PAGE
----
Running a business is part of the quintessential “American Dream” for lots of people. And owning the property which houses that business is a major part of that vision for many aspiring entrepreneurs. However, there are some downsides to buying office space outright — and some disadvantages to leasing, too.

Let’s take a look at both of these options in turn and explore some of the reasons why choosing one road over the other might make more sense for you and your dreams of small-business-owner independence.

Why Buy Office Space?

One of the primary advantages of buying office space budgeting. When you buy, it can be easier to factor in fixed mortgage payments over a longer term, versus renewing a lease on a regular basis and hoping your landlord doesn’t raise the price of your rent.

For enterprising business owners, having a space to call your own also means you have an additional potential revenue stream, should you need it. Businesses with extra space under their roof can choose to subdivide the space and find tenants to share it, thereby securing additional income to supplement your earnings.

Buying office space of your own can be a wise investment. You can reasonably expect that your commercial office space will appreciate in value during the time you own it. This gives you an attractive option down the road for divesting yourself of the property at a profit. And depending on which stage of life you find yourself, that could mean a nice beginning to your retirement or, potentially, a kick-start to a fresh business venture.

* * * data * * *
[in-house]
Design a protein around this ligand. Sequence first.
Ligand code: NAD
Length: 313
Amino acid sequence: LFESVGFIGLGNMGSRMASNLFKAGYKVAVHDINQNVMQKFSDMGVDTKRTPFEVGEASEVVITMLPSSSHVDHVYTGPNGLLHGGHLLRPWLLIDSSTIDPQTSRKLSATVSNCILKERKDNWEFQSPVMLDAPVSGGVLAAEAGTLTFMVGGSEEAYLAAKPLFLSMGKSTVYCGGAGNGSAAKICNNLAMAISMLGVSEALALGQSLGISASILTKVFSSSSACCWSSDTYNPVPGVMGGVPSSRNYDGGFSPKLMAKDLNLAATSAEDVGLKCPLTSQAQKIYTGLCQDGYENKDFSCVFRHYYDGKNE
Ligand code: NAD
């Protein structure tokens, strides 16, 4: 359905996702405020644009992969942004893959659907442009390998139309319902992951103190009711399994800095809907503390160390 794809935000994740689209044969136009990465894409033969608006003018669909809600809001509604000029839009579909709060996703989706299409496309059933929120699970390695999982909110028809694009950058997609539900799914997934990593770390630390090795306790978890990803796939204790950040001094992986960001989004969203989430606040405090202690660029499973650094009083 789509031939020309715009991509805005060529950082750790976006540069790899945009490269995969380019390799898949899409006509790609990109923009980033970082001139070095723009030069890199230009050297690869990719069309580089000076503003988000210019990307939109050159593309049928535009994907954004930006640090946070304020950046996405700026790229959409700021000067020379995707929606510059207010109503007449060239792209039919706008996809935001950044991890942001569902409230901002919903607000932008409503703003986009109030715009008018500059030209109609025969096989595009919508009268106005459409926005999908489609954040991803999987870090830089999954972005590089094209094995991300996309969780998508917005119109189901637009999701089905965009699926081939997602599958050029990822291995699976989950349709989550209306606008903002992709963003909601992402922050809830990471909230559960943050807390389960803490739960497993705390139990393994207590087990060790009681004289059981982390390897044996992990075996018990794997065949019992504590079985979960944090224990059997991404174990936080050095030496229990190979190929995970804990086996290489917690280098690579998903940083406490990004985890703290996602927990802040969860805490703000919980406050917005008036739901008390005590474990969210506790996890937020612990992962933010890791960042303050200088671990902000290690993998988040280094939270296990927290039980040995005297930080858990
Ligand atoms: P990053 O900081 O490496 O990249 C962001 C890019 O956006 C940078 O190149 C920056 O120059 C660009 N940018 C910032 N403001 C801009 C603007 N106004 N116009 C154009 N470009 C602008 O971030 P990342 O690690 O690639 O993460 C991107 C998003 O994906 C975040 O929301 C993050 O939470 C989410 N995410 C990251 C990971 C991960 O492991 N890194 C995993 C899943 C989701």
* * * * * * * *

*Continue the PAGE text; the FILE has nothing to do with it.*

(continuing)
Why Wouldn’t You Want to Buy Office Space?

The higher upfront costs are probably the most obvious, but certainly not the only, disadvantage for business owners considering buying a property. When you find a location that suits you, there’s the down payment to consider, the property appraisal, closing costs, outstanding maintenance to tackle and, of course, the need to improve or upfit the space to suit your needs.

And that question of maintenance expenses is definitely one to consider. As a lessee, you’re not responsible for footing the bill when it comes to seasonal maintenance and addressing broken appliances or structures. But if you own your property, you’re on the hook for these items when it comes to the expense and the time required — although you can retain a property management company to share the burden.

Another downside to buying office space involves flexibility — or, rather, a lack of it. It’s possible your company has reached a certain level of maturity and you don’t expect substantial growth. But it’s also possible other factors will conspire to alter your real estate needs in the future.

One never hopes for this, but consider the impact a downturn in your industry or local economy could have on your space and workforce needs. The future is a difficult thing to predict with any clarity, but owning your own office space may reduce your ability to react to certain kinds of changes.

Why Lease Office Space?

The biggest appeal of renting office space is the ability to secure a prime location with good visibility and, in many cases, appealing walkability for your customers and your employees.

Maybe this isn’t as relevant for some businesses compared to others, but “location, location, location” definitely matters for lots of companies concerned that want to project a premium image or be seen as an integral part of the community. Leasing may open doors for you — literally — that would be beyond your reach if you were committed to buying a property outright.